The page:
In my counseling work, I notice that couples who make great strides in improving their relationships share a few characteristics.
1. Show up and be willing to do the work
Yes! Improving your relationship is going to require work. Sitting in an office with a relationship counselor is about 30% of the work. 60% of the work takes place between sessions. Real change means learning new skills, doing home assignments and practicing.
2. Ask yourself “How can I be A better partner?”
Most couples come in focused on wanting their partner to change. It’s helpful to be able to talk about what is not working and the change you want to see. However, chronic blaming, finger pointing, criticism and judgment doesn’t help illuminate the real issues. It simply keeps both people stuck. I help each person self-reflect so that you can see your part in the situation and discover a positive path forward together, but I cannot do the heavy lifting for you. It’s up to you to take an unflinching look at your own attitudes and behavior and make a commitment to change. And then follow through like the health and well-being of your relationship depends on those changes, because it really does.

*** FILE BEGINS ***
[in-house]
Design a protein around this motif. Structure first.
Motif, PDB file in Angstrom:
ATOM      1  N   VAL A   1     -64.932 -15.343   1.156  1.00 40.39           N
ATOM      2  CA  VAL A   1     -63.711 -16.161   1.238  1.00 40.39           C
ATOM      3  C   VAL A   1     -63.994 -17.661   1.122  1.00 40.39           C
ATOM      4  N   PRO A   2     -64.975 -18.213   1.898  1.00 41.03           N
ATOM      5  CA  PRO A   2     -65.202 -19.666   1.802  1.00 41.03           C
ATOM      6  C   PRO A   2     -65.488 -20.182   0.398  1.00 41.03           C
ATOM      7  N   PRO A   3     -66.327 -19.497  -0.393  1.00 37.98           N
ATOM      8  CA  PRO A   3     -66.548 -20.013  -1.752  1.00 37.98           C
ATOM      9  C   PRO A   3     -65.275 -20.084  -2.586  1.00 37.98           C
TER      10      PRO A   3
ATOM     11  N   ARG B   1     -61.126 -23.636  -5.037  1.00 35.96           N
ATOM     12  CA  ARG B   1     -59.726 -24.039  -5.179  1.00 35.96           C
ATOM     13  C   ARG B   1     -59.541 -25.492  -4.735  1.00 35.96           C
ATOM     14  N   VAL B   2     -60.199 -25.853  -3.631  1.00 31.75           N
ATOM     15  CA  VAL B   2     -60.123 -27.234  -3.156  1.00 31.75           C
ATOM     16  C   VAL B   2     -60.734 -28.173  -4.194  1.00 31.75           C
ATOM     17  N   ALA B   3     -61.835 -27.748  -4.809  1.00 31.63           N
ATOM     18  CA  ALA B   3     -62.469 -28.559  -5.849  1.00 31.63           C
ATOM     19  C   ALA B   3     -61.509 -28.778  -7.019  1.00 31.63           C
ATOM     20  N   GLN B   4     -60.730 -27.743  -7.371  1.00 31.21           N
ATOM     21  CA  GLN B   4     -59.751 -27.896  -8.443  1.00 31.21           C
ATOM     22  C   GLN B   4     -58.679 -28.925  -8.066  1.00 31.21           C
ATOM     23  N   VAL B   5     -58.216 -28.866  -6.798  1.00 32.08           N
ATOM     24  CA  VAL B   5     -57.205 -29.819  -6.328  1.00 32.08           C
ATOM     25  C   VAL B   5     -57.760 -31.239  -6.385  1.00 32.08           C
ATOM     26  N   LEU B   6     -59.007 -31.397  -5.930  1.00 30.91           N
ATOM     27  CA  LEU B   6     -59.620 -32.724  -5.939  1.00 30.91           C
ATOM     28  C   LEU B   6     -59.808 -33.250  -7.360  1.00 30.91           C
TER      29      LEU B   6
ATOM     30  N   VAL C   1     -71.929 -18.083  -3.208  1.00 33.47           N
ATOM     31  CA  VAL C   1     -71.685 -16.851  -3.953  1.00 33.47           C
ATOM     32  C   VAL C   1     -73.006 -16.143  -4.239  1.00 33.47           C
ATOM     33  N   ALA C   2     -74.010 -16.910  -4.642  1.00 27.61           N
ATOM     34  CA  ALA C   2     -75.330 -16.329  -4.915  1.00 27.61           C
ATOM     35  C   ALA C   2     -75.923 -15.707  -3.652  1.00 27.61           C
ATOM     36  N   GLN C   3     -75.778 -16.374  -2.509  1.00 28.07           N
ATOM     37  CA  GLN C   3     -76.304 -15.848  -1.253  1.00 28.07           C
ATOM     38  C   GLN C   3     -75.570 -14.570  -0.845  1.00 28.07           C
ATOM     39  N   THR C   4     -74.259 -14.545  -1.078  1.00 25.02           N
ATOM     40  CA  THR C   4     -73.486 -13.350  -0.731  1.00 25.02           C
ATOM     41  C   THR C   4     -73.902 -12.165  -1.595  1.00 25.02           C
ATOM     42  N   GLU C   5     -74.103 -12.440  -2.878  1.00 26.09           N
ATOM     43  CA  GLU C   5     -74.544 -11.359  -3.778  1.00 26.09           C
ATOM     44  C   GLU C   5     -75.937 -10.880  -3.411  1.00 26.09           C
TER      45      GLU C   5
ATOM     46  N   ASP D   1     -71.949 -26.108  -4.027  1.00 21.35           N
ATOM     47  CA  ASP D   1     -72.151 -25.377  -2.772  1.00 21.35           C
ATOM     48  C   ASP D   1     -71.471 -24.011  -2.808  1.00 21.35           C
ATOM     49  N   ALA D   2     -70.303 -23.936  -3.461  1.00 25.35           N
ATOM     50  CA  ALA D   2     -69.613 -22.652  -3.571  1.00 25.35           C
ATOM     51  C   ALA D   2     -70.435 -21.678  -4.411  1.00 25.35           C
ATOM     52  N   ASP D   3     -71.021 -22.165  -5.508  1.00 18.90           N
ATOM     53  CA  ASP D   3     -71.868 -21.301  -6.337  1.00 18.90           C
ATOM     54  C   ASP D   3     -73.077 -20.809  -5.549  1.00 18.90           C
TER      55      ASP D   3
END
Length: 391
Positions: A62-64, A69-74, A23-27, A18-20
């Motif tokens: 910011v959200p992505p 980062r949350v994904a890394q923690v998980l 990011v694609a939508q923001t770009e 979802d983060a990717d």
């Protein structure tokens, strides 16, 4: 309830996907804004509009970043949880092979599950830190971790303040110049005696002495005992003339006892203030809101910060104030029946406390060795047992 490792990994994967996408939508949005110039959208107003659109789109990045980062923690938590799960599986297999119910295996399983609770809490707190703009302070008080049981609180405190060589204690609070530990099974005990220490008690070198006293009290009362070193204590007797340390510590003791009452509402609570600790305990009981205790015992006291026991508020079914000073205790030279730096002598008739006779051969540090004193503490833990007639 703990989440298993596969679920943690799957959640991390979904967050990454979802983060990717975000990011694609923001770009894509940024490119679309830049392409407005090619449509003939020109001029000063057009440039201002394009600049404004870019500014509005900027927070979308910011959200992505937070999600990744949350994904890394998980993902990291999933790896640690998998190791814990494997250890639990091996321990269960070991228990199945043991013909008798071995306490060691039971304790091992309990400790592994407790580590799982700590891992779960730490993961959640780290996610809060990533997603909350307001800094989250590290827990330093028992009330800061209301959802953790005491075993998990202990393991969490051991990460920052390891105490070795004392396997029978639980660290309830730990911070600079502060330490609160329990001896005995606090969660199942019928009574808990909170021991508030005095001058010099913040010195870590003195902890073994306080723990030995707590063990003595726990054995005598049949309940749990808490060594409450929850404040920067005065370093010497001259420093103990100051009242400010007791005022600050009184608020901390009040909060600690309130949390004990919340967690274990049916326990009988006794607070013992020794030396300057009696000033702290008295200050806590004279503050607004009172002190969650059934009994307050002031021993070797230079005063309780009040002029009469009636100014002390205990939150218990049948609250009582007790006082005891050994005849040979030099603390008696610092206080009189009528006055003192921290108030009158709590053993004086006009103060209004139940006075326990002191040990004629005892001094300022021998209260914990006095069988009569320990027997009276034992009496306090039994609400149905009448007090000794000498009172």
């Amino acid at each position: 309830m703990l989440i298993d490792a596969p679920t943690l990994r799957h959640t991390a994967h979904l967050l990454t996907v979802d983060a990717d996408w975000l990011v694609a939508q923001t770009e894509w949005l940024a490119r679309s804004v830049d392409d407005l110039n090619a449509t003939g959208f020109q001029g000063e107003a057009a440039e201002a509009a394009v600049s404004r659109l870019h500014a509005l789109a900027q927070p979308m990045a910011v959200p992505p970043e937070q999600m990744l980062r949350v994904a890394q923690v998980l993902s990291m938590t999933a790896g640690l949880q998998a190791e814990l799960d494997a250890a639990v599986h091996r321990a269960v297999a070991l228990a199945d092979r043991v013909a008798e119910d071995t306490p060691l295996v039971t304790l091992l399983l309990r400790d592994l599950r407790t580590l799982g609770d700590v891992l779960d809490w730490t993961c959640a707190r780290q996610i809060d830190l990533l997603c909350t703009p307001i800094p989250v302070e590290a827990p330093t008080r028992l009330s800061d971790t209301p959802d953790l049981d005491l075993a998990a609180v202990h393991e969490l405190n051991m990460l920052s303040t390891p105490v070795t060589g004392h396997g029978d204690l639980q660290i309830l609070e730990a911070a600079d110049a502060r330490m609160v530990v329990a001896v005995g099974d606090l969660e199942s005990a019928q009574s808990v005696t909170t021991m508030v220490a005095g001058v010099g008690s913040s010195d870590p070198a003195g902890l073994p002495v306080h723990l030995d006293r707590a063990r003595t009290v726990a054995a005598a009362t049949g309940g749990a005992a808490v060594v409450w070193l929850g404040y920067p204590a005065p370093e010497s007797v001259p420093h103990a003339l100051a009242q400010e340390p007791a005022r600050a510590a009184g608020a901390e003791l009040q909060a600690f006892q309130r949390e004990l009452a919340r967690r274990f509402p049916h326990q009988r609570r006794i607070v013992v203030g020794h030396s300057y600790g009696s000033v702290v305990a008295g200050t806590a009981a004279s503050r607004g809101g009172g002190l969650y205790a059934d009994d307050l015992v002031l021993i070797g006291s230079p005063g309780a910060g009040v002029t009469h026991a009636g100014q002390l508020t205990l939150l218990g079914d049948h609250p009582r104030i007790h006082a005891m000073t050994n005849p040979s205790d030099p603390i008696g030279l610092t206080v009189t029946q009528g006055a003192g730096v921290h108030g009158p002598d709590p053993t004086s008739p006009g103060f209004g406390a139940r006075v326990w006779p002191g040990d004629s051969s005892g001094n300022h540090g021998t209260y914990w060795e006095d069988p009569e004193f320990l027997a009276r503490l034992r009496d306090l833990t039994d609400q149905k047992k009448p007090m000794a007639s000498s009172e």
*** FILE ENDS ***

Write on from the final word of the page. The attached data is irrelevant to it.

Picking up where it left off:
3. Be willing to grow and change.
Part of my job is to help you learn new tools for managing your emotions, along with honest and respectful communication. Becoming skilled in understanding your own, as well as your partner’s feelings and needs, is an essential part of improving a relationship. Learning to express yourself honestly and respectfully is a process that takes place over time. Listening to your partner openly, even when you don’t agree also is a skill that produces great growth. You can count on feeling uncomfortable for a while. When you stick with it, individual growth and a deeper connection with your partner is a natural result.
Mastering the skills it takes to create a great intimate relationship requires every bit as much, or even more, dedication as mastering an instrument or any other high-level skill. It’s going to take an investment of resources, effort and time. The rewards of healing and the aliveness that couples create together makes all that effort worthwhile.